The lower end of the housing 18 is provided with a pair of enlarged openings 30 in the form of arcuate notches or cut-outs in the peripheral wall defining the housing 18 thus providing circumferentially spaced hot air outlet openings for discharge of heated air into the room as indicated by the arrows in FIGS. 1 and 2. The location of the openings 30 may be varied for providing directional control for discharge of the heated air and, if desired, dampers or closures may be provided for any or all of the openings 30 for further control of the air being discharged.

Also, the lower end of the housing 18 is provided with a pivotal access door 32 at one side thereof which defines an opening of sufficient dimensions to enable insertion of a shallow pan or container 34 which must hold at least 2 gallons of water 36 with an antiseptic, such as "Listerine", added thereto so that when the water evaporates, the antiseptic evaporates thereby killing some of the germs in the room. This also maintains a desired humidity level and also, the heated air impinging upon the surface of the water 36 will be somewhat cleaned before it is discharged back into the room thereby maintaining the room air at a desired level of humidity and cleanliness.

Disposed within the tubular housing 18 is a heat exchange coil 38 in the form of a helically coiled tube 40 in which the convolutions are spaced from each other and also are spaced concentrically with respect to the housing 18 although the convolutions are disposed so that the diameter of the circle defined by the inner surface of the convolutions is at least one-half of the diameter of the housing 18 and the outside diameter of the convolutions of the coiled tube 40 is substantially more than one-half the diameter of the casing or housing 18. The heat exchange coil occupies a substantial portion of the upper portion of the housing 18 as illustrated in FIG. 2 and terminates slightly below the fan 22. The lowest convolution of the coiled tube 40 extends inwardly at 42 and is communicated with the upper end of a compressed air tank 44 which has a conical upper end 46 with the apex sealed to and communicated with the end of the coiled tube 40. The uppermost convolution of the coiled tube 40 is provided with a vertical tube 48 communicated therewith and oriented outside of the coiled tube 40 with the tube 48 extending downwardly along side of the coil and tank 44 as illustrated in FIG. 2 with the lower end of the tube 48 terminating in an inwardly extending tube 50 communicated with and sealed in relation to the lower conical end 52 of the compressed air tank 44. Thus, the heat exchange coil 38 and the compressed air tank 44 form a closed system for circulation of heated compressed air. A tube 54 is communicated with the tank 44, preferably at the upper end thereof as illustrated in FIG. 2, with the tube 54 extending out through the housing 18 and being provided with a pressure gauge 56 on the outer end thereof. Also, a fitting 58 is provided on the tube 54 externally of the housing 18 in order to fill the tank 44 and coiled tube 40 with compressed air at a predetermined pressure such as 15 psi. A safety valve may be incorporated into the fitting 58 set at a predetermined pressure so that in the event the pressure in the tank and tube exceeds a predetermined safe pressure, the compressed air will be discharged to prevent any possibility of the tank or coiled tube being ruptured.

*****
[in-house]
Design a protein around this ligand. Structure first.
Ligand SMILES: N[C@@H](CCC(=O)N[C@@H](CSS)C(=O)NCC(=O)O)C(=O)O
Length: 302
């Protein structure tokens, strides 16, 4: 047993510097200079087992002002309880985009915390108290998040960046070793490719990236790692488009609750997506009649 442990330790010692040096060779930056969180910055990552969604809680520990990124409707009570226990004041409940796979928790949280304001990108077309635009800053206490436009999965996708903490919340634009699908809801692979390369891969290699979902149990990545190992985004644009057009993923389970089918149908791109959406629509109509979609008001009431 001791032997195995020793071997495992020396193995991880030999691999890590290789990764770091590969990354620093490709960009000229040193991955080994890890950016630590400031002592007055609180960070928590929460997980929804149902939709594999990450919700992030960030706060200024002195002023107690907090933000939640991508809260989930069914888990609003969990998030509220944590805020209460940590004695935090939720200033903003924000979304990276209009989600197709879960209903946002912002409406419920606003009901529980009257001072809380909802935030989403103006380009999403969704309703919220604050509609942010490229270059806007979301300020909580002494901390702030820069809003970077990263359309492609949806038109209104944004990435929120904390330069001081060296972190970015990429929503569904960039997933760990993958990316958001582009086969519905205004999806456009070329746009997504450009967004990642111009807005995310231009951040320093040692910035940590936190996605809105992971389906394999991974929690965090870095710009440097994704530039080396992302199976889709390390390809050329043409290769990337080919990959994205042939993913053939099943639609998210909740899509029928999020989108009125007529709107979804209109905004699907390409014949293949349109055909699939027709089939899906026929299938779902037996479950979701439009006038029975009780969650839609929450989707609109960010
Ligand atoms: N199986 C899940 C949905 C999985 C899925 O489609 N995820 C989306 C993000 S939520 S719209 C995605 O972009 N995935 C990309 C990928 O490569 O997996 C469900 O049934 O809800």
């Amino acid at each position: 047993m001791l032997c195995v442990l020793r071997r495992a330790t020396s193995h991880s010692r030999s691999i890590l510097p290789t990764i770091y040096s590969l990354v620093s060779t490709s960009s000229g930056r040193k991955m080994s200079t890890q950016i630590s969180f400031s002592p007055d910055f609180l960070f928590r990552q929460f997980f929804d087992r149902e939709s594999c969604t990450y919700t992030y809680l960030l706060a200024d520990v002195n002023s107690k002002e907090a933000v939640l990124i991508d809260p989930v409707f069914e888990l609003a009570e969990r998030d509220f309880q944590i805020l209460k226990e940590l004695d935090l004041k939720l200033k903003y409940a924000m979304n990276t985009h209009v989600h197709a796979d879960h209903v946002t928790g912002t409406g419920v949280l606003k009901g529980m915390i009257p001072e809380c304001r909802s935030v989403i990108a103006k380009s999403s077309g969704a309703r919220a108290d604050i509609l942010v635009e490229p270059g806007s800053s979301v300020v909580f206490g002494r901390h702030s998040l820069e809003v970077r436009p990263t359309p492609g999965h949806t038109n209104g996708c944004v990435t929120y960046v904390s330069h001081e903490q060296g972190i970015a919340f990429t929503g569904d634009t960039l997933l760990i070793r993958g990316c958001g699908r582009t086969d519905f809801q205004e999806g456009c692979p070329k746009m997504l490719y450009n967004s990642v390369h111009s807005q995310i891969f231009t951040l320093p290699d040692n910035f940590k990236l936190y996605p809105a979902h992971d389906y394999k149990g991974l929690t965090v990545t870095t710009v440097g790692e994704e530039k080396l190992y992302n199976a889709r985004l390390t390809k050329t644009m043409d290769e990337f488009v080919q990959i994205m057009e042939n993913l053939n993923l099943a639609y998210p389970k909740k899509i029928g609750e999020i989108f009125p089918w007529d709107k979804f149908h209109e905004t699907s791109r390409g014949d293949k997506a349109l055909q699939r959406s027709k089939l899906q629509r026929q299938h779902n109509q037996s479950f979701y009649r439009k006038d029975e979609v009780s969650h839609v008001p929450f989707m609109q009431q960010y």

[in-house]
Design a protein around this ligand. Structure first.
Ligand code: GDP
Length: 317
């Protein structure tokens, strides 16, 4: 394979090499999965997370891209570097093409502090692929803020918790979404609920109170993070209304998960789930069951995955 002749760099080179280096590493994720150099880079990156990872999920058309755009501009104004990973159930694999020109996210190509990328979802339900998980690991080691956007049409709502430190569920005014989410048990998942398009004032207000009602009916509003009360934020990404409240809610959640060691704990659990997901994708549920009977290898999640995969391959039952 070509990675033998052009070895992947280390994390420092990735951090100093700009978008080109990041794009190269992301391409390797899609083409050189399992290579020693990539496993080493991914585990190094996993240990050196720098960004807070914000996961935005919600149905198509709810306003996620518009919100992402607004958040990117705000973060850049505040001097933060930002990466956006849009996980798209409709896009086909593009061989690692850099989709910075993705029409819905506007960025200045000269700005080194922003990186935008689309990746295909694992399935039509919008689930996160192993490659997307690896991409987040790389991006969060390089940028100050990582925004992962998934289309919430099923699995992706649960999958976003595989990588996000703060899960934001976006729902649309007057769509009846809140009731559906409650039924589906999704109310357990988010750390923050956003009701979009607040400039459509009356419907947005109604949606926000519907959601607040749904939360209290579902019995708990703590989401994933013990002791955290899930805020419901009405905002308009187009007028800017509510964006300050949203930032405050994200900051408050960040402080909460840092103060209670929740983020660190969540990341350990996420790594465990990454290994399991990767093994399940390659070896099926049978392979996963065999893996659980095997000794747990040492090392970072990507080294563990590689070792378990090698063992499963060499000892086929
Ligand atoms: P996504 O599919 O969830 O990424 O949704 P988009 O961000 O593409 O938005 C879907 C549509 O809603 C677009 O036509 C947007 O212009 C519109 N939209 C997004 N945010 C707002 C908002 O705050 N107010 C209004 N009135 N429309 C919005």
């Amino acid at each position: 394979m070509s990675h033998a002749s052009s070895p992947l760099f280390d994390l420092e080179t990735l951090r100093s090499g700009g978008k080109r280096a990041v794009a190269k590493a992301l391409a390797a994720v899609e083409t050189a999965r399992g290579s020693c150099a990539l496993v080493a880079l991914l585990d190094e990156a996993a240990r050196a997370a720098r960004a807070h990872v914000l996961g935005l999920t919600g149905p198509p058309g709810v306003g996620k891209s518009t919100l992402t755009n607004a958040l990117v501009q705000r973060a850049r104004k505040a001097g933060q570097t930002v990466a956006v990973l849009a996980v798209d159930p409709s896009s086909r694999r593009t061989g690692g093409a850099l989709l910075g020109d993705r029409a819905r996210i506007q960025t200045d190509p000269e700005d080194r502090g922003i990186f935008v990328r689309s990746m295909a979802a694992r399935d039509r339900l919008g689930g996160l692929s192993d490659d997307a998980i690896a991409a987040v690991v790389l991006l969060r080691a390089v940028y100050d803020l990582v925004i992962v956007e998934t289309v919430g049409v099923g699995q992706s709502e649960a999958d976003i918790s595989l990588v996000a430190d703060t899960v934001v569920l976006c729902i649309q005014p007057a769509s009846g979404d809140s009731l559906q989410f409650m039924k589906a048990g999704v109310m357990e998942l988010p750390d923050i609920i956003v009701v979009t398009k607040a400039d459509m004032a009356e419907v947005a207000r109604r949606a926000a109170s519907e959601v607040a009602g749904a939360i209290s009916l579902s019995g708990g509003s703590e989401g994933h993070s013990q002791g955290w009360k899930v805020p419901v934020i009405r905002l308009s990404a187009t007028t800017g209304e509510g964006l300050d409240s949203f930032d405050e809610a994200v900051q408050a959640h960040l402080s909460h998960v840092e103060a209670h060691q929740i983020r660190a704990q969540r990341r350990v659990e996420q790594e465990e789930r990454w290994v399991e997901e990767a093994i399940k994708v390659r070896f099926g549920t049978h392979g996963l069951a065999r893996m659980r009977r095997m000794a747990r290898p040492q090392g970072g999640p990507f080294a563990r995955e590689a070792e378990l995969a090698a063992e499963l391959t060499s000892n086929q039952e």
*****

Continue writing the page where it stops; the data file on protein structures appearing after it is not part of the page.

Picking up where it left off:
Also mounted in the tank 44 is a heating element 60 of the resistance-type in the form of a generally U-shaped rod supported by an adaptor 62 extending through the wall of the tank 44 and being sealed thereto as at 64 and provided with a housing 66 for a switch including a manually adjustable thermostatic control 68. An electric conductor 70 is connected to the housing 66 for supplying electrical energy to the heater 60 and to the fan 24 through the electric conductor 72. The thermostatic switch 68 controls the heating element 60 to maintain it at a predetermined temperature for maintaining the air in the tank and tube at a predetermined temperature level within certain high and low limits. The electrical conductor 70 is associated with a thermostatic controlled device generally designated by numeral 74 which is responsive to room air temperature for turning the room air heater on or off. Thus, the room air thermostat 74 will supply electrical energy to the thermostatic switch 68 which maintains safe operating temperature levels for the heating element and also supplies electrical energy to the fan 22 so that it will come on automatically when the room air thermostat demands heat or the fan can be arranged so that it only is operative when the heating element is operative, although it is usually desirable to run the fan 22 during the heat-up and cool-down cycle of the room air heater.

In operation, the air is circulated downwardly through the casing 18 and passes over and around the coiled tube 40 and is discharged out through the openings 30 after it has been cleaned or purified by impingement on the water 36 having any suitable additive therein. The movement of the air between the coil 38 and the housing 18 will maintain the housing 18 at a comfortable temperature level so that contact with the housing 18 by the hands will not cause accidental burning or injury thereby enabling the heater to be moved to a desired position even when the heater is in operative condition.

The foregoing is considered as illustrative only of the principles of the invention. Further, since numerous modifications and changes will readily occur to those skilled in the art, it is not desired to limit the invention to the exact construction and operation shown and described, and accordingly all suitable modifications and equivalents may be resorted to, falling within the scope of the invention.

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Referenced by
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U.S. Classification392/358, 126/101, 165/104.34, 392/365, 219/530, 237/11, 454/233, 454/231
International ClassificationF24H3/08, H05B3/00, F28D1/02
Cooperative ClassificationH05B3/0014, F24H3/081, F28D1/0226
European ClassificationH05B3/00B, F28D1/02B, F24H3/08B